Corporate iPhone : What are the implications?

The applications, hardware and security that will make the iPhone so usable needs be set up and maintained, especially as new features are deployed almost on a monthly basis, irrespective of country of location.

Any IT department should also be looking at how they can remotely interrogate, backup and restore an iPhone to ensure that the user is not abusing its use, with potential legal repercussions, and that if lost, stolen or sold, it can be remotely deleted.

Apple could almost achieve this through iTunes, but more sensibly should have worked with Intellisync, mFormation and many others to ensure that existing systems can provide the relevant control.

What’s the betting that’s happened?!

Apart from the usability, the main point of a corporate iPhone is what it could do that it can’t do now.

The iPhone is being seen by corporate customers as a BlackBerry replacement, so it must have BlackBerry type features.

An open application platform as supported by all other smartphones is a pre-requisite. Apple have indicated that applications will be controlled via iTunes, which for a centralised IT department may not be good news.

Fundamentally the iPhone needs to support Push email using either Microsoft Direct Push or BlackBerry built in. Both services are well proven and effective. DataViz for UIQ is a real boon.

In addition native CRM and application interfaces tailored to the iPhone and back end system must be allowed. Future iPhone sales will be hit if Apple prevents this.

Not allowing the existing iPhone to act as a modem, or providing full feature Bluetooth access, are just two mistakes that need rectification.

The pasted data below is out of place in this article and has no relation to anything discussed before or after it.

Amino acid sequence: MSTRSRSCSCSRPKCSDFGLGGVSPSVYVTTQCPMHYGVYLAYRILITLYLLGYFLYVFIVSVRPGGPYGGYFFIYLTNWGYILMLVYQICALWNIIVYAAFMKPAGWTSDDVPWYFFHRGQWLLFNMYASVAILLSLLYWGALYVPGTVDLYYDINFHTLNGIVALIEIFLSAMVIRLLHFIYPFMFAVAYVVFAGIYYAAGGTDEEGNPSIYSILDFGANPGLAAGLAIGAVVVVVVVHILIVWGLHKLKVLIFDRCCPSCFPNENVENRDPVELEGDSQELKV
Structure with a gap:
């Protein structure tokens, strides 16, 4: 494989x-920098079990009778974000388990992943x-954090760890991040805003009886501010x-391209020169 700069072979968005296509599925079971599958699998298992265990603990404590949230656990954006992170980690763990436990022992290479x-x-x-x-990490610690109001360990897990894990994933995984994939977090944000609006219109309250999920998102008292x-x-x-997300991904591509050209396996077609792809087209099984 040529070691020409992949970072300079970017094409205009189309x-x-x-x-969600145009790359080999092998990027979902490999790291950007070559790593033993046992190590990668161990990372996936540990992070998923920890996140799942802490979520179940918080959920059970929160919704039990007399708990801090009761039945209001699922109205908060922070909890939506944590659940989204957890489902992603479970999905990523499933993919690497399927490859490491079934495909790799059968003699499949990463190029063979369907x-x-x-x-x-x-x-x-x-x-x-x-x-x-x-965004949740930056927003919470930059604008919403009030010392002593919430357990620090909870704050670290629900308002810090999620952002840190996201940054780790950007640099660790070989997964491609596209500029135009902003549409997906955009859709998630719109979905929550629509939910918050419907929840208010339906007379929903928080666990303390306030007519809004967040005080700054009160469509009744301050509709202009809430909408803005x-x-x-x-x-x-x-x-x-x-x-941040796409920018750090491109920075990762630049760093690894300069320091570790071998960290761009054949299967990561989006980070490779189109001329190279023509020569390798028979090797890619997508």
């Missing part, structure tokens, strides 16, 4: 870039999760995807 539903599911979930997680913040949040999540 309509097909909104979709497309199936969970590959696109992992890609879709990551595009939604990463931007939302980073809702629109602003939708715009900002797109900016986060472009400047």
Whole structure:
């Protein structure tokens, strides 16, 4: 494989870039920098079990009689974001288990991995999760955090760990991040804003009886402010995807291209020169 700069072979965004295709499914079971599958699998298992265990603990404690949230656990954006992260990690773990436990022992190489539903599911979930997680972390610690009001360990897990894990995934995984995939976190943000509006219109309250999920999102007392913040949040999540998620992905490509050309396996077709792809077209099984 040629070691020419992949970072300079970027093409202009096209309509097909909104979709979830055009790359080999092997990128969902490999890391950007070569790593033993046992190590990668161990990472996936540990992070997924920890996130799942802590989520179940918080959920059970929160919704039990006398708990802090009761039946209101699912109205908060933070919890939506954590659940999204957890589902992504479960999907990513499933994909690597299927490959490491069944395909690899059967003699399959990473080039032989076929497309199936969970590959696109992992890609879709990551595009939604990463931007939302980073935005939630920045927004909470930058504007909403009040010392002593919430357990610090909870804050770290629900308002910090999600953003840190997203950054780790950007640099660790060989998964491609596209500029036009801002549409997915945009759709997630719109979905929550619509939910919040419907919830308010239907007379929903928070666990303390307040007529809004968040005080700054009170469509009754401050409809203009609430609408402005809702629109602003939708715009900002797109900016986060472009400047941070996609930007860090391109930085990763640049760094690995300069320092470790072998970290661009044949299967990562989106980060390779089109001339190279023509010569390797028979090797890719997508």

Even EDGE data speeds are better than no WAN capability for a laptop, and though there are third party solutions, the iPhone needs to be jailbreaked to allow them.

The omission of full Bluetooth access is also disappointing, one that should have been corrected months ago. Bluetooth provides a diverse method of sending and receiving information, let alone the use of Bluetooth stereo headphones, all of which have been denied to the iPhone user.

Remote camera and Bluetooth control would also help, but I’d be amazed if that ever happened.

I’ve banged on about what should happen, but this is what I guess will.

1. SME and corporate tariffs : O2 will have a corporate tariff, but I guess it will not be allowed on an existing contract.
2. Security : Some form of remote device erasure through iTunes but no integration with existing systems.
3. Applications : A push email application, but how extensive it will be is anyone’s guess (apart from Apple’s product managers).
4. Control and asset management : Not a chance.
5. Hardware flexibility and interfacing : Not a remote chance.